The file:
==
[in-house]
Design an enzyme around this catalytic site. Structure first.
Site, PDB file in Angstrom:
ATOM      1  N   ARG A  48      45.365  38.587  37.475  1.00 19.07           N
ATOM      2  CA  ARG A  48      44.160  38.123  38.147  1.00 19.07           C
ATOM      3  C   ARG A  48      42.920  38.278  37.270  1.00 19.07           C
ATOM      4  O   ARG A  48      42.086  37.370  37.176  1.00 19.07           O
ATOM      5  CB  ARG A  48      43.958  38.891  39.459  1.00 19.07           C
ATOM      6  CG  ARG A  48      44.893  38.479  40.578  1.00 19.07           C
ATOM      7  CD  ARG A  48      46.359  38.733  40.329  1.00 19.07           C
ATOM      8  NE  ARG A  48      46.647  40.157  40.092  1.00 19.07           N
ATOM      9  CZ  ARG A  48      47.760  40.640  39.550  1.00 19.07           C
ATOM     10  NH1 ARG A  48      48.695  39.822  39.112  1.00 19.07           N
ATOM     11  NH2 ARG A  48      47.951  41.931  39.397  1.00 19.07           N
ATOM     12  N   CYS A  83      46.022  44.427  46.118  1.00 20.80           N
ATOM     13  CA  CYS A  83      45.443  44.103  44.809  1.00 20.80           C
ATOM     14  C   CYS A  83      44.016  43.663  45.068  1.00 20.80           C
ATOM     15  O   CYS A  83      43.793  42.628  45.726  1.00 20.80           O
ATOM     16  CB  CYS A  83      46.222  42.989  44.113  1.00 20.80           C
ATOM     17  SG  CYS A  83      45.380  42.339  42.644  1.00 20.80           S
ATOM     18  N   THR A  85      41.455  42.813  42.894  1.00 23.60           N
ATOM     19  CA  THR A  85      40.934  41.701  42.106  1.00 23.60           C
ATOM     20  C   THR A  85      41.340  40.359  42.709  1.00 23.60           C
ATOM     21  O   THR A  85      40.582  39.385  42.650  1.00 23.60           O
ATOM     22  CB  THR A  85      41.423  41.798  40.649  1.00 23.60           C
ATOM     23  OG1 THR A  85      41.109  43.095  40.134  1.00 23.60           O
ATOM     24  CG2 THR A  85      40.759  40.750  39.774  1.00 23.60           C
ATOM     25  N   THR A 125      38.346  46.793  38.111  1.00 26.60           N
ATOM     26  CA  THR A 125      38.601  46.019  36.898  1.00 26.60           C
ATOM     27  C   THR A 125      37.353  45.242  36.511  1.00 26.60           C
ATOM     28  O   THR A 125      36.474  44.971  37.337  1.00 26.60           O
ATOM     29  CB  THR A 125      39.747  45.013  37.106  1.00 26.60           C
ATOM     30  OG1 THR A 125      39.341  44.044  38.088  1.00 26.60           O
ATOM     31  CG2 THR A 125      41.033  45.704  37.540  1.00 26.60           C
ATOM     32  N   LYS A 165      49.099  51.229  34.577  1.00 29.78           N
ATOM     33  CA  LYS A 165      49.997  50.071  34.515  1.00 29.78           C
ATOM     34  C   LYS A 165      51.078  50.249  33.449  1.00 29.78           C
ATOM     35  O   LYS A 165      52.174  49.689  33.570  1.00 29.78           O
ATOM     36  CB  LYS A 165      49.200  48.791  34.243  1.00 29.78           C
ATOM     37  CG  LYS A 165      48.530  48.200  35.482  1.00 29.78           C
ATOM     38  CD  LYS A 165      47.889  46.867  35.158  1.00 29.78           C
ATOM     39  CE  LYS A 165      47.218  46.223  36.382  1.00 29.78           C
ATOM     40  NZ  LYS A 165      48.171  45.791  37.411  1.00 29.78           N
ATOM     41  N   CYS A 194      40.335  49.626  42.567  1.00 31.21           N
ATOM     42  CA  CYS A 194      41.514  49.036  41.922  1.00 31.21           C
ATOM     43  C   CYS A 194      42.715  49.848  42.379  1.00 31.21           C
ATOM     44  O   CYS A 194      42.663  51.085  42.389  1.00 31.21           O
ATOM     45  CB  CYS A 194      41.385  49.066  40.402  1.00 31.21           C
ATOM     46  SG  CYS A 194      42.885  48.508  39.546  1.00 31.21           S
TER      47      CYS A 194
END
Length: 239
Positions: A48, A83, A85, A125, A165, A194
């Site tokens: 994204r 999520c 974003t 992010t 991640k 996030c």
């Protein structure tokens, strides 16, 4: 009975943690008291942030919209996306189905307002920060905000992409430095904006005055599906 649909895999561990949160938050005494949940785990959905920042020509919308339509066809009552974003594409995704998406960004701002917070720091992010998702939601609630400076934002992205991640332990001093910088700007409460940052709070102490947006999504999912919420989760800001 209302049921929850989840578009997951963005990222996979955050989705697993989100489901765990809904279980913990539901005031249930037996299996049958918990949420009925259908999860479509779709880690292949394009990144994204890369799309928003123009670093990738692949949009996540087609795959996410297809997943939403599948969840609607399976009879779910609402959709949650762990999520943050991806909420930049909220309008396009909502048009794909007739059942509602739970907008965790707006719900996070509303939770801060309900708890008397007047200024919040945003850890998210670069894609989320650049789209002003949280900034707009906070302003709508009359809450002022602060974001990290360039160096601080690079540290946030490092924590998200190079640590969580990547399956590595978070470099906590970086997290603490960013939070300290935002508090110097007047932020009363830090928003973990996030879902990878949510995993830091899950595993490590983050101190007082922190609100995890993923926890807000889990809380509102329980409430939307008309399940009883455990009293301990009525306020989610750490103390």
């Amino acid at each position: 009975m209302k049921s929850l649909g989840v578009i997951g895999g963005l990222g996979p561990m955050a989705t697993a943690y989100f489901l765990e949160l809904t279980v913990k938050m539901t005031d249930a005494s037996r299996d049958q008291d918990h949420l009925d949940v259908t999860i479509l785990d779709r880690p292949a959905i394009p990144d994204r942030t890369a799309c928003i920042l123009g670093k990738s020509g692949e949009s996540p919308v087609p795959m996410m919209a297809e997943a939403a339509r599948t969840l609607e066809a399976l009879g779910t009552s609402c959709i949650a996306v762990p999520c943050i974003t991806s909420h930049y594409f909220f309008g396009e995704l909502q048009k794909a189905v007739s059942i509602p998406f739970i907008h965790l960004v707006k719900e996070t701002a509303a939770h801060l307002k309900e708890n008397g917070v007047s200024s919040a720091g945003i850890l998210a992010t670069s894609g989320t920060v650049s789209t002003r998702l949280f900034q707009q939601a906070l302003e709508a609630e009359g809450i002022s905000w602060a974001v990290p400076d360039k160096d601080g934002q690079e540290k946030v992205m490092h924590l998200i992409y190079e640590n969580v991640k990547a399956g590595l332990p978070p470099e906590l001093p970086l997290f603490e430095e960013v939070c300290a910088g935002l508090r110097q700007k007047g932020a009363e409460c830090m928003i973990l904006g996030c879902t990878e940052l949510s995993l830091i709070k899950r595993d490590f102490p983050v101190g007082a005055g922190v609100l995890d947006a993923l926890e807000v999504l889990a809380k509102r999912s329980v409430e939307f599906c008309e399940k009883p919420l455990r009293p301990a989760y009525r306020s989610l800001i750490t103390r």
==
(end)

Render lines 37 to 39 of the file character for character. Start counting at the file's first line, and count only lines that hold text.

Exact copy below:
ATOM     34  C   LYS A 165      51.078  50.249  33.449  1.00 29.78           C
ATOM     35  O   LYS A 165      52.174  49.689  33.570  1.00 29.78           O
ATOM     36  CB  LYS A 165      49.200  48.791  34.243  1.00 29.78           C